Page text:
And during that same run:

"oooh, the floor's icy. What if I slip and fall in the road and a car comes and doesn't see me and might run over me and... " Wise, true self cuts in at this point with WHAAAAT?! check out that catastrophising! Stop that, fast-thinking voice!

On seeing one of my favourite mentors has launched another course, just as I promised myself to consume less this year, and to show up fully to the online courses I've already signed up to but not completed:

"I've got to sign up! I don't want to miss out! Never mind that I'm going back on my promise to myself! Sign up!"

On receiving an invitation to deliver a session at a local conference, that I loved doing last year:

"I'm not sure I can be bothered. It's all too much effort and I'm just making myself really busy again."

In my hurry up days I'd probably have skipped the run, signed up to yet another course that I won't complete after promising myself that I wouldn't, and declined the offer of presenting to a local group - something I know is really fun and fulfilling for me.

(In case you're wondering, I went for the run, didn't sign up for the course [but did connect with the course-leader which resulted in deeper connection and leaving the door open], and committed to the presentation :))

view from the run!

view from the run!

This is an example of how it feels when we're caught up in fast and slow thinking - check out here and here - slowing our thinking down gives us access to deeper processing which isn't governed by that lazy, fast, often inaccurate voice that happens in our heads when we are speeding along through our lives.

Slower thinking requires more mental resources, but gives us access to greater agency, choice and concentration in our lives.

I'm sure for me there's an element of my instant gratification monkey at play too - slowing things down means I really have access to decision making that will lead to a happier, more fulfilled me - not one who managed to avoid discomfort in the instant it was triggered, but who missed out on something that was going to have me feeling stronger, happier and with more integrity, longer-term.

What I'm learning is we've got to get present so we can hear the voices and tell the difference in how our thoughts feel.

Deeper, resonant wisdom over instant-gratification, is what becomes available when I'm not speeding through life with my stress-head on.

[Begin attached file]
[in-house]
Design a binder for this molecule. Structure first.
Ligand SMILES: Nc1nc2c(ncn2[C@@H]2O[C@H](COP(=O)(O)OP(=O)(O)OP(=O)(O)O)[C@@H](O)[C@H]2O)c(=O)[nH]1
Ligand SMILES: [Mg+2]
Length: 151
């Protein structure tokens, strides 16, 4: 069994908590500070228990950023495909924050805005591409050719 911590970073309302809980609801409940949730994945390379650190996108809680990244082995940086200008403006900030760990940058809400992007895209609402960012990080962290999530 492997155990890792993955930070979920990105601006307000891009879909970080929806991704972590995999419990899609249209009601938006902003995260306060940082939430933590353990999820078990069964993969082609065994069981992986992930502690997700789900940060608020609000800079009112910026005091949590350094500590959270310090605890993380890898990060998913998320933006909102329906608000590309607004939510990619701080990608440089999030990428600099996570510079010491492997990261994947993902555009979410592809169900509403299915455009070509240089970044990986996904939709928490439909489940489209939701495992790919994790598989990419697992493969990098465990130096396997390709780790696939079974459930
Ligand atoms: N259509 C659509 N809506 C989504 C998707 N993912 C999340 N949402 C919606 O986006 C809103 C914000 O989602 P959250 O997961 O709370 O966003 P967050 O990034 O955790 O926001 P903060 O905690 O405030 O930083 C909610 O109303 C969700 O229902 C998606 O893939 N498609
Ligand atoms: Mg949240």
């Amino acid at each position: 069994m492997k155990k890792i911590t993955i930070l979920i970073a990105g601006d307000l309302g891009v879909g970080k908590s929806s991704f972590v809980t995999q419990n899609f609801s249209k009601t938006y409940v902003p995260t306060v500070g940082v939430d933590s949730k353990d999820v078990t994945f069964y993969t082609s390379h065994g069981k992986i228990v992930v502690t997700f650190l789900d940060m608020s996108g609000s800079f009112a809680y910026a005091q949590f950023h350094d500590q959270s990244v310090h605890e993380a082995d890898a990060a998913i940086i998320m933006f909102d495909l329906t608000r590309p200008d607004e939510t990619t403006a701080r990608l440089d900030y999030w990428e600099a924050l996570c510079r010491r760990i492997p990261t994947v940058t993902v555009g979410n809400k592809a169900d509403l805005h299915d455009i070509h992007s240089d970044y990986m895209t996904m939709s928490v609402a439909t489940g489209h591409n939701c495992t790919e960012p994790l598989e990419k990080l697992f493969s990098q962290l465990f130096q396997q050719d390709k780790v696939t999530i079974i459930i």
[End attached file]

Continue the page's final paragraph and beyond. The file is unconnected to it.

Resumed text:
At a slower pace, I can feel into my relationship with everything, and really tell what truly engages my spirit and what I can gracefully let go of.

Does this resonate?

Could you be served by slowing down a little and getting in touch with your inner tortoise? :-)

I'd love to know your tips and tricks for slowing down.

 

Why you'll never be alone in a fitness class - lessons from Moky

When we value being cool and in control over granting ourselves the freedom to unleash the passionate, goofy, heartfelt, and soulful expressions of who we are, we betray ourselves.
— Brene Brown
just a couple of foxes comparing pom-pom techniques after class...

just a couple of foxes comparing pom-pom techniques after class...

I absolutely love my weekly dose of Moky awesome.

If you're not Cumbrian, let me give you a little background.

It's described as a "fun dance workout which uses big chart hits and easy to follow dance moves designed to give a fun but intense cardiovascular and full body sculpting workout".

I can't say I'm body-sculpted (there's still time) but I can vouch for the fun and intense part.

All shapes, all sizes, all abilities, whether you're co-ordinated or not, it really doesn't matter. As long as you're whooping and smiling and moving.

I once thanked Moky's founder, Shameem, for creating something that was so important and wonderful in my life. She told me that having fun and making people feel amazing was always the intention.

It's not just a dance workout class though.

It's an opportunity to let yourself go, to whoop, to rave, to party on, to dance like nobody's watching. 

To dance like a cheerleader complete with pompoms.

To thrust your boobs-belly-bum provocatively in the name of dance. Or maybe just hootlessness. 

To hustle like you're a member of Pans People (young Moky-goers will need to look that up. Here you go. Welcome.)

Even when how you think you look, and how you actually look, don't add up.

Whatever age you are. Even if you're more 'cheerio than 'cheerleader'.

Sometimes our Thursday class will see up to thirty, sweating-like-a-pig feeling-like-a-fox,  beautiful women, showing up and being seen at class, even when they're not sure of the routine, or the song, or the steps, or their left and right, or their forward and back,  or whether they are whooping too loud or not whooping loud enough.